THE OLD CAMP
Owners John and Jeanette Freeman live on the West Coast during most of the year. They found this idyllic spot while searching for a summer home in Vermont. John knew the area because he grew up fifteen miles awav in Norwich, where Porter is based. When they bought the place in 2002, people had been summering there for almost a century.
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The new home sits on the old footprint but has been enlarged by 20 percent Green is a traditional color for camp architecture.
In rhe 1930s, a bed could be had for $1. 25 per nighr, including breakfast and lunch. With views of Lake Fairlees boating scene, the inn was a popular destination. The Freemans loved the old architectural details. Yet for every charming feature, there seemed to be an equally vexing complication. It was built as a seasonal camp, ” explains architect Pi Smith, principal at Smith & Vansant Architects (SVA). So there was no foundation. Instead of a slab, the framing of the house w'as built onto wooden piers and posts. ?The exterior was just clapboards on a wooden frame. ? Many of the floors were severely warped, and the place had never been winterized.
Still, the couple wrestled with plans to renovate. Having grown up in a house built in 1812 myself, we very much wanted to preserve the original cottage, ” John recalls.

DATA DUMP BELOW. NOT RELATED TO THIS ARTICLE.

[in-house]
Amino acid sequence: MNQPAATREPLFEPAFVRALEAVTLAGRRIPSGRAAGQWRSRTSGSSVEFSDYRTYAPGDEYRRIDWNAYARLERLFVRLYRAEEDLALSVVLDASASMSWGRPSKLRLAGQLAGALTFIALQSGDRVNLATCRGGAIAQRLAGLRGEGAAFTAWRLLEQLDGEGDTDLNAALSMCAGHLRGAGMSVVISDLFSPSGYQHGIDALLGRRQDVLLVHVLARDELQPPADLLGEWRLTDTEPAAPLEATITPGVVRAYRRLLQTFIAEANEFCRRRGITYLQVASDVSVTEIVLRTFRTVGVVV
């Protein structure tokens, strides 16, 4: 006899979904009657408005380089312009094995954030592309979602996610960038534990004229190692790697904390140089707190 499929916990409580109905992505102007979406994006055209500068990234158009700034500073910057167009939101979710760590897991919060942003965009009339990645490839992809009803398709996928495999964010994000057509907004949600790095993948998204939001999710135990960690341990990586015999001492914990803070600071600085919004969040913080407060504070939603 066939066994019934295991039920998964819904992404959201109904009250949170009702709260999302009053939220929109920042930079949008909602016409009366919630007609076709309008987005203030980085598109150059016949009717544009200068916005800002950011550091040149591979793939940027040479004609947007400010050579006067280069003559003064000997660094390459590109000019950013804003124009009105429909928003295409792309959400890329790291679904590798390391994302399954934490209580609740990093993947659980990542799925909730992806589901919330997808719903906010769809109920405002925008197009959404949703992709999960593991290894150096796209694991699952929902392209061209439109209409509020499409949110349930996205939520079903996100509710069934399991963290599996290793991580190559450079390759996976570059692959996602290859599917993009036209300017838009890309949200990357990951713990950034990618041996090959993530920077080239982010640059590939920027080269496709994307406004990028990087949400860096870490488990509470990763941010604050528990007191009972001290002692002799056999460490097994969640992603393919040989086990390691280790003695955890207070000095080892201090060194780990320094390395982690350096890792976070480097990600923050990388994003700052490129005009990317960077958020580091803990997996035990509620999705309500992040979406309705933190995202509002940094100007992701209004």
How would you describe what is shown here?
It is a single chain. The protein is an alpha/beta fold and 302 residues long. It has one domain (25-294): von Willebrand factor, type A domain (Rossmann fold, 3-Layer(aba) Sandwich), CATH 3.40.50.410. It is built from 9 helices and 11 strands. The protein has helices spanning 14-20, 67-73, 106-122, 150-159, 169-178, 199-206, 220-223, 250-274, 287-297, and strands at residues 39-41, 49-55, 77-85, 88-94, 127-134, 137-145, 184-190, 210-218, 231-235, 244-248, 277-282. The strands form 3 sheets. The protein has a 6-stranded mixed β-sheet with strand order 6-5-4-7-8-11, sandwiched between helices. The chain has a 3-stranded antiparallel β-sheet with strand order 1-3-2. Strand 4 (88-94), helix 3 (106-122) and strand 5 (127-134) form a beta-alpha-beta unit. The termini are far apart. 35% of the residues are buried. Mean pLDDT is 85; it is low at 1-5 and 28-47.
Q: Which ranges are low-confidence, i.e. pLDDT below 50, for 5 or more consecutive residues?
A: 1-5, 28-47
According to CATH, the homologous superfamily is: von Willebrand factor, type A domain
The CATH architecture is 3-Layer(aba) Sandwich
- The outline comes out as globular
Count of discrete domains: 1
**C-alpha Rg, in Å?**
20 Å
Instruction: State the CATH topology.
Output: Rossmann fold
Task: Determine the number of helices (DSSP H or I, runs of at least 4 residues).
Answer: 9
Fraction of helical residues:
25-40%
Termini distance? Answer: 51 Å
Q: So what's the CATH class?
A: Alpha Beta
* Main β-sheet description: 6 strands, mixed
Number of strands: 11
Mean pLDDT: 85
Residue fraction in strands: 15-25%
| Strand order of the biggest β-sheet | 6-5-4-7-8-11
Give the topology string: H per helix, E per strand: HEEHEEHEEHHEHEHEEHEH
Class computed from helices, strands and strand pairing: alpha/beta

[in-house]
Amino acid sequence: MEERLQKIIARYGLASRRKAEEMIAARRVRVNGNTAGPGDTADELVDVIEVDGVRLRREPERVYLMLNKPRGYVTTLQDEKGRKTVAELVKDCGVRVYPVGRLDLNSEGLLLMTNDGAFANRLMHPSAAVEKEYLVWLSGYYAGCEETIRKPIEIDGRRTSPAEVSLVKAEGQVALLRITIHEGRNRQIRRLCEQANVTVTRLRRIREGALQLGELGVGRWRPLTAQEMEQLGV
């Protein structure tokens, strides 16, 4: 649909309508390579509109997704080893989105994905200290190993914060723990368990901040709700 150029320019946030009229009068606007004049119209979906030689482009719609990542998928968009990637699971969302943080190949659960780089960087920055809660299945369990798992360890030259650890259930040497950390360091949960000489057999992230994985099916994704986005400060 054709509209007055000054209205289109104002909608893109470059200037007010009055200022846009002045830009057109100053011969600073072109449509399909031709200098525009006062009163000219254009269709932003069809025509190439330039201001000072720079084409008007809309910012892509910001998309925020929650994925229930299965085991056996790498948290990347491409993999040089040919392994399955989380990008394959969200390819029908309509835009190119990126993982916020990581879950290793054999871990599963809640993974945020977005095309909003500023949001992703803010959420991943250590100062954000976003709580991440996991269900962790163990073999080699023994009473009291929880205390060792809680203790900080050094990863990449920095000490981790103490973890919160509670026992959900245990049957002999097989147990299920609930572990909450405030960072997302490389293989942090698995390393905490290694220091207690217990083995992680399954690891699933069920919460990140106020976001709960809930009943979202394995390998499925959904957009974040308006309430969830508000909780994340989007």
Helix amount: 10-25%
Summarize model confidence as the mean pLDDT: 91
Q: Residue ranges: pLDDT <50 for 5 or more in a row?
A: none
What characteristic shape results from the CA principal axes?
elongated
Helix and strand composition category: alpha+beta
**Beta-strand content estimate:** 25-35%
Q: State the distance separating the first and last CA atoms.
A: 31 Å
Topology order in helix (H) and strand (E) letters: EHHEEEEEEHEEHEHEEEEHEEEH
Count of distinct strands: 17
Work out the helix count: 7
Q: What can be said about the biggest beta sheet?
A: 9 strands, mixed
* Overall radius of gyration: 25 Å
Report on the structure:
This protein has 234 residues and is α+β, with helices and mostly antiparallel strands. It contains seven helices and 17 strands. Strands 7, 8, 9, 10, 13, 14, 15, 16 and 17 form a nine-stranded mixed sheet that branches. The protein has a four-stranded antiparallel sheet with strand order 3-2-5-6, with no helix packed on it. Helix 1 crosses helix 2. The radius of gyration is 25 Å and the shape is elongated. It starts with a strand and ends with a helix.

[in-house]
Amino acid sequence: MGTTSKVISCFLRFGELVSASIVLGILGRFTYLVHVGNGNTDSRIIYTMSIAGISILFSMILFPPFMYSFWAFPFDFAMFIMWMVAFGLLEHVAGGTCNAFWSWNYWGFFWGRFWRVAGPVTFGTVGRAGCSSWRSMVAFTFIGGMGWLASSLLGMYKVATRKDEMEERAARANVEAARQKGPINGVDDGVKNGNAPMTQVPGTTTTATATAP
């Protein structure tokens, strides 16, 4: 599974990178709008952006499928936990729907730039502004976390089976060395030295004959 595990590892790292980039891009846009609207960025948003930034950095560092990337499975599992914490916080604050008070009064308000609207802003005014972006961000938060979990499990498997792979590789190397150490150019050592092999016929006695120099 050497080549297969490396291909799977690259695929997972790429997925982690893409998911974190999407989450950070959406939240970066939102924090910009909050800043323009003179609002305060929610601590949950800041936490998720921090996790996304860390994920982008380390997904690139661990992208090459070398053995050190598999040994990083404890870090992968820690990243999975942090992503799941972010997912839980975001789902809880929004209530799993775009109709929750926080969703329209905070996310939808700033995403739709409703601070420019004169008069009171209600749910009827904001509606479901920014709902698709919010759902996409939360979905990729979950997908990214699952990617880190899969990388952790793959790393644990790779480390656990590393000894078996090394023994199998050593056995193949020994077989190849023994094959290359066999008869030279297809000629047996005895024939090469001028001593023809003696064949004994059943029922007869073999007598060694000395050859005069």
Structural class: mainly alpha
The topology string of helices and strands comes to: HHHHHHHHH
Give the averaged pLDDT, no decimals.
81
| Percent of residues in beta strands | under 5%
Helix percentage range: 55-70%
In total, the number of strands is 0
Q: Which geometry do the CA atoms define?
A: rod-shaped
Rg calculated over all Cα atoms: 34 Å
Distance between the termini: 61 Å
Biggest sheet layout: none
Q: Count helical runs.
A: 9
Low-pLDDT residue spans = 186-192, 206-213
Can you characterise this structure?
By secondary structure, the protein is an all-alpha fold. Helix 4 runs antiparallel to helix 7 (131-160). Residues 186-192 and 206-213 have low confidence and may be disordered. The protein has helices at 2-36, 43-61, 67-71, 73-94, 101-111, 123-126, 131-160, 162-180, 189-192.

Then, Mother Nature made their decision easier. A storm in August of 2007 toppled three big pines, one of which broke right over the house, The rool and the ridge beam were badly damaged.
“Were biased toward being preservationists, ” says Porter. But the house had significant structural problems. ? A renovation would be cost prohibitive. In addition to its structural issues, die house had ancient electrical wiring and old plumbing.
After assessing the situation with Smith & Vansant and the Porters, w'e realized that it was not possible to fulfill our family’s need with a simple renovation, ” says John. So we decided to focus on preserving the spirit of the old house while giving ourselves the needed improvements. .